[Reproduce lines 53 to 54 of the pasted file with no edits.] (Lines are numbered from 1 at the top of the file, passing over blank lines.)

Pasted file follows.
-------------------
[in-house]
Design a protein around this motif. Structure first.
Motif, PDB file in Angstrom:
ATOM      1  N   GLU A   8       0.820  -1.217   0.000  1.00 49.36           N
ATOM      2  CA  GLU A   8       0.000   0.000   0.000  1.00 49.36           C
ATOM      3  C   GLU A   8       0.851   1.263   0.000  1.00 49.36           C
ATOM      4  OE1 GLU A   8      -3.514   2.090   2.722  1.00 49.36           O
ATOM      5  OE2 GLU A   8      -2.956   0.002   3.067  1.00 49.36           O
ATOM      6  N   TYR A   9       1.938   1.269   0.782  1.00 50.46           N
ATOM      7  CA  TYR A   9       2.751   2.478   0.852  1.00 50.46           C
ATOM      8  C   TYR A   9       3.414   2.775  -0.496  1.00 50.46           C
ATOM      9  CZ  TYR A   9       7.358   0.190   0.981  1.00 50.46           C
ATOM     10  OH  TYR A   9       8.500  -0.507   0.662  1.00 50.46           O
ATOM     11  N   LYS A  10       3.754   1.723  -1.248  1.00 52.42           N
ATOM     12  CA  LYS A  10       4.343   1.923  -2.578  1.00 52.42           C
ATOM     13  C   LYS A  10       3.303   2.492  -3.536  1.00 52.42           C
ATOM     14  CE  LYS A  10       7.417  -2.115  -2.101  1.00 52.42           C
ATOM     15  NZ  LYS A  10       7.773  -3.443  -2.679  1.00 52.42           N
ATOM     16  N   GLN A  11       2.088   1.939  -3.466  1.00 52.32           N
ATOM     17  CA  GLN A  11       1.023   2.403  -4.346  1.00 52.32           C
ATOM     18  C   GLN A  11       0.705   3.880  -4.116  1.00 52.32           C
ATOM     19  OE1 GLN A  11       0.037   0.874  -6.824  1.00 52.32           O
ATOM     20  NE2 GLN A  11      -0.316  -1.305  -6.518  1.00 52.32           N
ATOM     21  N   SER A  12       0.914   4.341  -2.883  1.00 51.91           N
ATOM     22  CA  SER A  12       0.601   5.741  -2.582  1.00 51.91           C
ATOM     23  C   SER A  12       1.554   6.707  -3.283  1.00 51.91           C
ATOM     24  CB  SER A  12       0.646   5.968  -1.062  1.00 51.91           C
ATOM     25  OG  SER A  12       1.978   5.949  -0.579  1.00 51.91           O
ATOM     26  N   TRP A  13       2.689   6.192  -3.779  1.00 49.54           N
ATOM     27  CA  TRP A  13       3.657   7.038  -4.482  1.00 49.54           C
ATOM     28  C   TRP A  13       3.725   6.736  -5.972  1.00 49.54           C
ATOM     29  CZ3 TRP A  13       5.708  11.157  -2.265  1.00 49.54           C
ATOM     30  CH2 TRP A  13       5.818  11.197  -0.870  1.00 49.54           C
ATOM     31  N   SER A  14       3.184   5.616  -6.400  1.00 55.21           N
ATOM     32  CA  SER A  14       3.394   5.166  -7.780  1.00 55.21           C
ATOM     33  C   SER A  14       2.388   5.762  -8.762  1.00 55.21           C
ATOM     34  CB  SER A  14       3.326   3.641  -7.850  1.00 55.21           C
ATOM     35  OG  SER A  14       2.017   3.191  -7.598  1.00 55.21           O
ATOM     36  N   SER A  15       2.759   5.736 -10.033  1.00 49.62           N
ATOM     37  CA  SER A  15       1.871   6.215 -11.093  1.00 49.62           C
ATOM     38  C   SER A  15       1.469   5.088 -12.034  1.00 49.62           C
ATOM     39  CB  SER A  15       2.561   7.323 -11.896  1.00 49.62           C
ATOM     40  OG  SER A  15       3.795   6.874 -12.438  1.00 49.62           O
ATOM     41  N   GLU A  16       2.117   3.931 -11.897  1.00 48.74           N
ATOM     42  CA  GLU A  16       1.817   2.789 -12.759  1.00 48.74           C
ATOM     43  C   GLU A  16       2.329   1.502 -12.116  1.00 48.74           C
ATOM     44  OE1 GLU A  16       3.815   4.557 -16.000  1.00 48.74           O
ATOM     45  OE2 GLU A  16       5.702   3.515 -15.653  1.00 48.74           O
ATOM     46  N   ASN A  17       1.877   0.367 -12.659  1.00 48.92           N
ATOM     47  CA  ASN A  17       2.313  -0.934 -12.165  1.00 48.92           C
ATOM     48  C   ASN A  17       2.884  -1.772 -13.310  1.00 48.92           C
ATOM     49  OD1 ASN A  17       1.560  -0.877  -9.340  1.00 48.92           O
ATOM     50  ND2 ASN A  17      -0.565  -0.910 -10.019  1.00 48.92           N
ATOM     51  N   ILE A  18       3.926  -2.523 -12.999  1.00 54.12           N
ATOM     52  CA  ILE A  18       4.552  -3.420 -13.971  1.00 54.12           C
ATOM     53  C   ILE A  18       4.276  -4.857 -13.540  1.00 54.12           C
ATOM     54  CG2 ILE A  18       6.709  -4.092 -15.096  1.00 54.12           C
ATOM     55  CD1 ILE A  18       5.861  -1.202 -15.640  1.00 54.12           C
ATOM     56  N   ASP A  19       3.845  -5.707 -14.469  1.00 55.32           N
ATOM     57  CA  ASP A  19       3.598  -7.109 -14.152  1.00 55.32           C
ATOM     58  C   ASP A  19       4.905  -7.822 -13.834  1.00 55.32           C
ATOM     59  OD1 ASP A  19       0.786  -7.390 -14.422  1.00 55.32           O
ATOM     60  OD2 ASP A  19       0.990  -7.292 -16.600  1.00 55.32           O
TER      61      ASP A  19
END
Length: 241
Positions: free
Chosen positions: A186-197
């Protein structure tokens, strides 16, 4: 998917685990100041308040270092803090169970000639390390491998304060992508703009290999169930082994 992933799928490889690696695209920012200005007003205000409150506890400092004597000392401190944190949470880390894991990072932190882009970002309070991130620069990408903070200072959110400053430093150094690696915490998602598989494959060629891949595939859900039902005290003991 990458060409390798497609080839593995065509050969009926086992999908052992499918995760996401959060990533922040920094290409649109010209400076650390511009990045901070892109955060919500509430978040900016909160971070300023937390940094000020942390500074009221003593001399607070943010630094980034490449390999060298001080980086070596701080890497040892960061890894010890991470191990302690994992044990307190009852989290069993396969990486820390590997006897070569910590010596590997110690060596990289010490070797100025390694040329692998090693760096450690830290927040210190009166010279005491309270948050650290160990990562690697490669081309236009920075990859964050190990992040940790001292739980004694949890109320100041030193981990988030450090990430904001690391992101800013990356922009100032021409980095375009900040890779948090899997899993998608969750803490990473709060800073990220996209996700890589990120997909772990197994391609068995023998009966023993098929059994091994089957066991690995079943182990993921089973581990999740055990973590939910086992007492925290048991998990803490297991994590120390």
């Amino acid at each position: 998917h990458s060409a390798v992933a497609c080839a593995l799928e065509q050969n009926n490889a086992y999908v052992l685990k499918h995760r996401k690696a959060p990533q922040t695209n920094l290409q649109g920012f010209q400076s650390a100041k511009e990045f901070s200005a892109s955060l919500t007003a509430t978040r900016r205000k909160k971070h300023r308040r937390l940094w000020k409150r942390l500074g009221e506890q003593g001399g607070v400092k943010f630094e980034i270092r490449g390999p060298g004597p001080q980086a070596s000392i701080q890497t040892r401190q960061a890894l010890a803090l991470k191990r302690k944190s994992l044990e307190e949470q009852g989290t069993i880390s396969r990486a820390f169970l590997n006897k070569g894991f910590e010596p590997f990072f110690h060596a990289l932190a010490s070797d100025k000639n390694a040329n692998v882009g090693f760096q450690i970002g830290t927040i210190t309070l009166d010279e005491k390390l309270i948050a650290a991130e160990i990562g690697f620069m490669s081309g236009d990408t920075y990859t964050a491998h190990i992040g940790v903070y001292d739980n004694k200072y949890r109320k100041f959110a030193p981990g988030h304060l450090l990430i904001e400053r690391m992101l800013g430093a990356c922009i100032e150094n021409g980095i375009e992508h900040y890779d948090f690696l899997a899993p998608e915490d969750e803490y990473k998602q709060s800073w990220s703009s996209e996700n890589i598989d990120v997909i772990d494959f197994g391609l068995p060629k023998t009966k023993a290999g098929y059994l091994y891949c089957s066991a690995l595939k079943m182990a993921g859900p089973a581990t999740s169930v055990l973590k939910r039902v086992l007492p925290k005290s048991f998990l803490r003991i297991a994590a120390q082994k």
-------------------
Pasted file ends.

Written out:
ATOM     50  ND2 ASN A  17      -0.565  -0.910 -10.019  1.00 48.92           N
ATOM     51  N   ILE A  18       3.926  -2.523 -12.999  1.00 54.12           N